In today’s economy, everyone is trying to save money and avoid unnecessary repairs. Taking good care of your car means fewer trips to the shop, less expensive maintenance and greater safety for you and your family. Keeping your car running well may very well let you keep it a few years longer. As a AAA Approved repair facility, we are proud to pass along AAA tips that can prolong the life, and improve the operation and safety of your car.
Locate the recommended tire pressures either in your owner’s manual or on the placard on the doorjamb. Use a tire pressure gauge at least once a month to check pressure when your tires are cool.
Make sure your tires have adequate tread depth; it’s critical for optimal traction and maneuverability.
If your battery is more than a couple of years old, check its load strength.
Monitor and change your engine’s oil and oil filter at the manufacturer’s specified intervals, and be sure to follow the more frequent “severe service” recommendations if your driving habits meet any of the conditions described in the owner’s manual.
Inspect belts and hoses and replace if they are brittle, cracked or too soft. Belts and hoses that are five years old or older may need to be replaced, even if they pass visual inspection.
Perform a walk-around inspection of your vehicle’s lighting systems. In addition to the basic running lights and side markers, make sure the headlights work on both low- and high-beam and check for proper operation of the brake lights and turn signals.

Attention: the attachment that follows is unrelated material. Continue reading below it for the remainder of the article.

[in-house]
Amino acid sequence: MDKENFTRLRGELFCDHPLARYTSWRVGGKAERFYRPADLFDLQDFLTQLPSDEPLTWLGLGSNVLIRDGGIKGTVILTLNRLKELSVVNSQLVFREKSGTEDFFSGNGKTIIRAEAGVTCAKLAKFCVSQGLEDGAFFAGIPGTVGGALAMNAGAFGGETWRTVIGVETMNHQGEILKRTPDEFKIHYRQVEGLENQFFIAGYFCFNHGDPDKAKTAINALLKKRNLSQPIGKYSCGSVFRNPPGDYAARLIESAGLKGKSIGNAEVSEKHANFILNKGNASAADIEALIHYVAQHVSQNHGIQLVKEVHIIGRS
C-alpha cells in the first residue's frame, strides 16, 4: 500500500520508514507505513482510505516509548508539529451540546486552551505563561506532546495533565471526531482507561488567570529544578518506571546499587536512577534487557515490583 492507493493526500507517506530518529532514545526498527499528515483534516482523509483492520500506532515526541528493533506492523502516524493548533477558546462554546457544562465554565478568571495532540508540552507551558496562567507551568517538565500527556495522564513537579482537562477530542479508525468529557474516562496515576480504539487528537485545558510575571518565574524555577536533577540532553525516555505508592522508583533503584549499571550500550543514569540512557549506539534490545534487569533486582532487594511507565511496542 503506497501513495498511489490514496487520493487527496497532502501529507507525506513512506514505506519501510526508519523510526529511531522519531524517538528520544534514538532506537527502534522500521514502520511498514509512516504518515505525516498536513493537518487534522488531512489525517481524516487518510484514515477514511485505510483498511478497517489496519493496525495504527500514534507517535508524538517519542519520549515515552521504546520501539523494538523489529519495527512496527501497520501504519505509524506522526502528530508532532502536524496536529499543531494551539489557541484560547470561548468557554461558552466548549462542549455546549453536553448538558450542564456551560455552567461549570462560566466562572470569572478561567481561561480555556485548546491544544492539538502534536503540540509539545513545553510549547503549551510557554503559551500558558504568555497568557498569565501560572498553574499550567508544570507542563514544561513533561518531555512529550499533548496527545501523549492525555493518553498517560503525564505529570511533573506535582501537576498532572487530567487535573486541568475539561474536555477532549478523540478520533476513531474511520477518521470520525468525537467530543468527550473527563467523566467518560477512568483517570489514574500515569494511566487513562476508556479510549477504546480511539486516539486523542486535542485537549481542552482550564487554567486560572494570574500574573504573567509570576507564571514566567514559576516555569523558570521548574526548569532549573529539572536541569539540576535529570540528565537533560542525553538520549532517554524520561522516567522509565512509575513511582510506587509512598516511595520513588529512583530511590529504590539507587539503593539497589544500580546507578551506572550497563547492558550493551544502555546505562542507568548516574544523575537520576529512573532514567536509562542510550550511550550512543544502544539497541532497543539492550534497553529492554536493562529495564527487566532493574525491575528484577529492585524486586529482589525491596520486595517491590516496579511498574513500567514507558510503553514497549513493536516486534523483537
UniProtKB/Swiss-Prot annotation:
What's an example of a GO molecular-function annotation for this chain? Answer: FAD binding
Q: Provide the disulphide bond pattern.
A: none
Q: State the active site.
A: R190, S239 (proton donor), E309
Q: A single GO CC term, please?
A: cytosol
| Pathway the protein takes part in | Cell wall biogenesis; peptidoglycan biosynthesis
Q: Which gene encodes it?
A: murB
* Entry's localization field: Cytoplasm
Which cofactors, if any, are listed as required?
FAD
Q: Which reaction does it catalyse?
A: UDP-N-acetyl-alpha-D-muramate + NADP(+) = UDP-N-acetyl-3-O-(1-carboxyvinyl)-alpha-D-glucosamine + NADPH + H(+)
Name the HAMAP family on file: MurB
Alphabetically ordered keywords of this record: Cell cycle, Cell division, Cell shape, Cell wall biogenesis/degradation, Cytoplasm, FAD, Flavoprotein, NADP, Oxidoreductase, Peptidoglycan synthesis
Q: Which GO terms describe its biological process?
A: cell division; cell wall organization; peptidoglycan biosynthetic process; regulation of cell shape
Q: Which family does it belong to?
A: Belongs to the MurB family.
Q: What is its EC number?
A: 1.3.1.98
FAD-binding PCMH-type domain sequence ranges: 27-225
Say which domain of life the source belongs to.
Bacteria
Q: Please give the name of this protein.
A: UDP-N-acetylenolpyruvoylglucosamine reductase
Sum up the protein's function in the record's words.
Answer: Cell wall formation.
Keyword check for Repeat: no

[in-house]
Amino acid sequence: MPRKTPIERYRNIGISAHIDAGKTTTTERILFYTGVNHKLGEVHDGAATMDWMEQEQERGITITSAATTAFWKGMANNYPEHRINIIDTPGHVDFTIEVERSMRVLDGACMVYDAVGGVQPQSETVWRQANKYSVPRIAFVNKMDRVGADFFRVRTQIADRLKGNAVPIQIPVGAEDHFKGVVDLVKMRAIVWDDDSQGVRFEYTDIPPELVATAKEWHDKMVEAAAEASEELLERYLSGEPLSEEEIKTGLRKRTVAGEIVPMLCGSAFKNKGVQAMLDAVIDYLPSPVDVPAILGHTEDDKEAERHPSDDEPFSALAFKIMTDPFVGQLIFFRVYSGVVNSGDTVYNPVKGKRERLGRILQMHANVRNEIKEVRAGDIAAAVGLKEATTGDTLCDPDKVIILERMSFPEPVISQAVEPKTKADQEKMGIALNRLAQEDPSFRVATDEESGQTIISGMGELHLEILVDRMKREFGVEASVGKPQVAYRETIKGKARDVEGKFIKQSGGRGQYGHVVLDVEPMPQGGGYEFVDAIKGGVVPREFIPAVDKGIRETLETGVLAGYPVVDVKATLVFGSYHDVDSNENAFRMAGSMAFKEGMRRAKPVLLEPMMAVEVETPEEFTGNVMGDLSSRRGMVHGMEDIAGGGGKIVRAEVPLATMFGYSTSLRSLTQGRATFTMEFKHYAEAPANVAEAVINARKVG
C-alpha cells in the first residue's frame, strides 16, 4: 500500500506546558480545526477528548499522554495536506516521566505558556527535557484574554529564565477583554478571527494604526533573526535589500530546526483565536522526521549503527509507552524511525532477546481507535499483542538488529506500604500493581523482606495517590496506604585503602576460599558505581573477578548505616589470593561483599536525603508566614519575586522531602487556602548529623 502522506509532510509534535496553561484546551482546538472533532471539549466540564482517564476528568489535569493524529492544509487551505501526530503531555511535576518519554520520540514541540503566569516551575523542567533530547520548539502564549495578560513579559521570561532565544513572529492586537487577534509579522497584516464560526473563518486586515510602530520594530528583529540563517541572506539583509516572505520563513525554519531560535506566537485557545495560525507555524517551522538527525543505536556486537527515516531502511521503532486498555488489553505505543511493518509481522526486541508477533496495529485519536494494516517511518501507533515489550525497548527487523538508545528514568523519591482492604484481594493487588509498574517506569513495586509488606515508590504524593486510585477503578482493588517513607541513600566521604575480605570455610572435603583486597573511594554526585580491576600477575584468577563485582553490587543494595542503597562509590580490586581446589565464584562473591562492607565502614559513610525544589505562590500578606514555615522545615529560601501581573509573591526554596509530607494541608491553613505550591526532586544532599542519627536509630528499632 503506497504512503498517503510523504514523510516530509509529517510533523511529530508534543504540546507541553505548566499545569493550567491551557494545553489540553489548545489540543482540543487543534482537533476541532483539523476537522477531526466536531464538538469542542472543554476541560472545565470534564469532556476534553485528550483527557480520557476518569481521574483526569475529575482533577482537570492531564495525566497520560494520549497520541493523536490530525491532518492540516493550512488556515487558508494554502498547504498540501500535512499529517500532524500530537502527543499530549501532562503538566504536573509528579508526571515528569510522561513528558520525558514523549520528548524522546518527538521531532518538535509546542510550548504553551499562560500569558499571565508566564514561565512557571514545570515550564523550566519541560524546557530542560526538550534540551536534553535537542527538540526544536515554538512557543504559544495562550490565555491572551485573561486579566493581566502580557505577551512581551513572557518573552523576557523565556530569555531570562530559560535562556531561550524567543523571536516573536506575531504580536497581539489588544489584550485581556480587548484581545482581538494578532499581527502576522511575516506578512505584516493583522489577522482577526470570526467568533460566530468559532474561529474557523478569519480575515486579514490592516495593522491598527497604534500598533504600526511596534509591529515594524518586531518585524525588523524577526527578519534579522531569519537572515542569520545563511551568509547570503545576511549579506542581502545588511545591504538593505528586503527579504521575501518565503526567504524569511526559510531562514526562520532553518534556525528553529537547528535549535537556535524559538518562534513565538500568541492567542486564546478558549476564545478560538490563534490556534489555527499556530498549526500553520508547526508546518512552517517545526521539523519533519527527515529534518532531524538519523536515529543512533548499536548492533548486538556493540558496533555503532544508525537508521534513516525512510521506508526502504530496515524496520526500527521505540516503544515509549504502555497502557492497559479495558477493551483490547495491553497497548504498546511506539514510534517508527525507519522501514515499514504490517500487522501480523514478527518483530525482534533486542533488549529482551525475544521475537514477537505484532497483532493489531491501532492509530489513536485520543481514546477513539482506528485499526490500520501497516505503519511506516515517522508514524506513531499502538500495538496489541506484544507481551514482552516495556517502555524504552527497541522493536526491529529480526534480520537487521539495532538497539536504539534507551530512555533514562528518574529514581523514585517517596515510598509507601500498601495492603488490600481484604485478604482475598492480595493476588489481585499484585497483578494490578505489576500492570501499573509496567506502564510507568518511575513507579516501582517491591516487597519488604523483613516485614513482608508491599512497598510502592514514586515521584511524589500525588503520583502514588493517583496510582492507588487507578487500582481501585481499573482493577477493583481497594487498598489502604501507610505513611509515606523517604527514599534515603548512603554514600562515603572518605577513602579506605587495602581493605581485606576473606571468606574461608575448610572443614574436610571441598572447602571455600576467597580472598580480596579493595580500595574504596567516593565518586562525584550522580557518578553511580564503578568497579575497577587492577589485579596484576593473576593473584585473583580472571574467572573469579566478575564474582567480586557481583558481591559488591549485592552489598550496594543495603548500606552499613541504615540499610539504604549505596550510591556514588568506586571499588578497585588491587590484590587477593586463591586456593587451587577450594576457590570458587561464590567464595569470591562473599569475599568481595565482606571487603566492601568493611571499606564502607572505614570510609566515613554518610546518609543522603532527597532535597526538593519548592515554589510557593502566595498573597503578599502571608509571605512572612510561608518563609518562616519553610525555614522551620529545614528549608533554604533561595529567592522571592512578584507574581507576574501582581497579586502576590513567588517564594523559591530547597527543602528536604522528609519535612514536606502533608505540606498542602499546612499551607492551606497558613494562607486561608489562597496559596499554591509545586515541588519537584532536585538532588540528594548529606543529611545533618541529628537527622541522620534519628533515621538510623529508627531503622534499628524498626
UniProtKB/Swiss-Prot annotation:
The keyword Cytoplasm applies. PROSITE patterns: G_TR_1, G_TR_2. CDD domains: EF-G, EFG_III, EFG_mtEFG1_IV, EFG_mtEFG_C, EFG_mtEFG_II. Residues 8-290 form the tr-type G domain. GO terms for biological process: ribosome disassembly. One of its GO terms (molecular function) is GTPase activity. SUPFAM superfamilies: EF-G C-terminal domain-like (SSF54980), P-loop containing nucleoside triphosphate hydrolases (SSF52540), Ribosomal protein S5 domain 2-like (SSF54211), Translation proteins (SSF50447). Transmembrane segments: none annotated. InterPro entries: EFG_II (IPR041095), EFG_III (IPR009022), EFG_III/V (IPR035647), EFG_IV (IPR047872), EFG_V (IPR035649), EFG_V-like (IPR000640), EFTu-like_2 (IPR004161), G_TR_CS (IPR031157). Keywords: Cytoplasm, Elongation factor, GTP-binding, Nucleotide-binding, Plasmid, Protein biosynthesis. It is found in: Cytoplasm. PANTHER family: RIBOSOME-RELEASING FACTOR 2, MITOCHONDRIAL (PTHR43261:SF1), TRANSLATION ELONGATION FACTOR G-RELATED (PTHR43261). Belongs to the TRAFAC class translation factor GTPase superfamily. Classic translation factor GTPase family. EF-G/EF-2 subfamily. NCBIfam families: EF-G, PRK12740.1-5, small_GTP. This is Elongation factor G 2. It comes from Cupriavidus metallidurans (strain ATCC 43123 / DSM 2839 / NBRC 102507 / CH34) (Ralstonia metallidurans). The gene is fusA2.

Check your car’s wiper blades and clean them every few weeks with a soft cloth or paper towel dampened with windshield washer fluid. If they’re worn, cracked or rigid, the wipers will not adequately remove the rain, grime, and other debris that can easily compromise your vision.
Keep the washer fluid reservoir full. Check the washer fluid monthly and top it off with a washer solution formulated to aid in the removal of insects and other debris.
Check the coolant level. With a cold engine, the radiator should be completely full and the coolant level in the remote reservoir should be at or above the “cold” level marking. Have the system flushed and refilled with fresh coolant at the interval specified in the vehicle owner’s manual. Always top off the system with a 50/50 mixture of coolant and water to avoid altering the antifreeze level.
Inspect the brake fluid level. If the level has fallen below the “low” mark on the fluid reservoir, it usually indicates major brake wear or a leak somewhere in the system; have the brakes inspected as soon as possible.
If your vehicle continues to bounce up and down more than a couple of times after hitting a bump, have the shock absorbers and struts inspected for wear and leakage.